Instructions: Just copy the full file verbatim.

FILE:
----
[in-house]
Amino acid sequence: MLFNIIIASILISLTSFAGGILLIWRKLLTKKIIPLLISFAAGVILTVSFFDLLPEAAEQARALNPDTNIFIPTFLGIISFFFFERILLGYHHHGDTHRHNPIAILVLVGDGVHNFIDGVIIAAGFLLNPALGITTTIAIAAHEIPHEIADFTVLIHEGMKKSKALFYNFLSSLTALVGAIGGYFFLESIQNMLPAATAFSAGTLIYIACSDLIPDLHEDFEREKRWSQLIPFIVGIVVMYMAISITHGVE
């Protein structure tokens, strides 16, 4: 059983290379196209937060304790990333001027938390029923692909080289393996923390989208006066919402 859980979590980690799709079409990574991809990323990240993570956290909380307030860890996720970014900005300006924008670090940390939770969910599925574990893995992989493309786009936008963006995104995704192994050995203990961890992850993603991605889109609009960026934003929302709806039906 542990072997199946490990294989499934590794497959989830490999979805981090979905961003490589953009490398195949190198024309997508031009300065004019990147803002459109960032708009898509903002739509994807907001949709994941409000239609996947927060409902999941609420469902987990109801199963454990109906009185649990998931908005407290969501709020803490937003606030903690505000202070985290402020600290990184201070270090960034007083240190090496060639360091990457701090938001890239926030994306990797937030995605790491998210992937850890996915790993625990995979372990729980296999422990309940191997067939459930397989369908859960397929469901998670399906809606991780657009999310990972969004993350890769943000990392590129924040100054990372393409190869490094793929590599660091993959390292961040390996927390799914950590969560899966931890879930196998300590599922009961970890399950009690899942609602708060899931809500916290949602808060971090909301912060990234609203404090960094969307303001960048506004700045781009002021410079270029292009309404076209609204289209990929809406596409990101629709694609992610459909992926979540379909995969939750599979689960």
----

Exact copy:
[in-house]
Amino acid sequence: MLFNIIIASILISLTSFAGGILLIWRKLLTKKIIPLLISFAAGVILTVSFFDLLPEAAEQARALNPDTNIFIPTFLGIISFFFFERILLGYHHHGDTHRHNPIAILVLVGDGVHNFIDGVIIAAGFLLNPALGITTTIAIAAHEIPHEIADFTVLIHEGMKKSKALFYNFLSSLTALVGAIGGYFFLESIQNMLPAATAFSAGTLIYIACSDLIPDLHEDFEREKRWSQLIPFIVGIVVMYMAISITHGVE
């Protein structure tokens, strides 16, 4: 059983290379196209937060304790990333001027938390029923692909080289393996923390989208006066919402 859980979590980690799709079409990574991809990323990240993570956290909380307030860890996720970014900005300006924008670090940390939770969910599925574990893995992989493309786009936008963006995104995704192994050995203990961890992850993603991605889109609009960026934003929302709806039906 542990072997199946490990294989499934590794497959989830490999979805981090979905961003490589953009490398195949190198024309997508031009300065004019990147803002459109960032708009898509903002739509994807907001949709994941409000239609996947927060409902999941609420469902987990109801199963454990109906009185649990998931908005407290969501709020803490937003606030903690505000202070985290402020600290990184201070270090960034007083240190090496060639360091990457701090938001890239926030994306990797937030995605790491998210992937850890996915790993625990995979372990729980296999422990309940191997067939459930397989369908859960397929469901998670399906809606991780657009999310990972969004993350890769943000990392590129924040100054990372393409190869490094793929590599660091993959390292961040390996927390799914950590969560899966931890879930196998300590599922009961970890399950009690899942609602708060899931809500916290949602808060971090909301912060990234609203404090960094969307303001960048506004700045781009002021410079270029292009309404076209609204289209990929809406596409990101629709694609992610459909992926979540379909995969939750599979689960």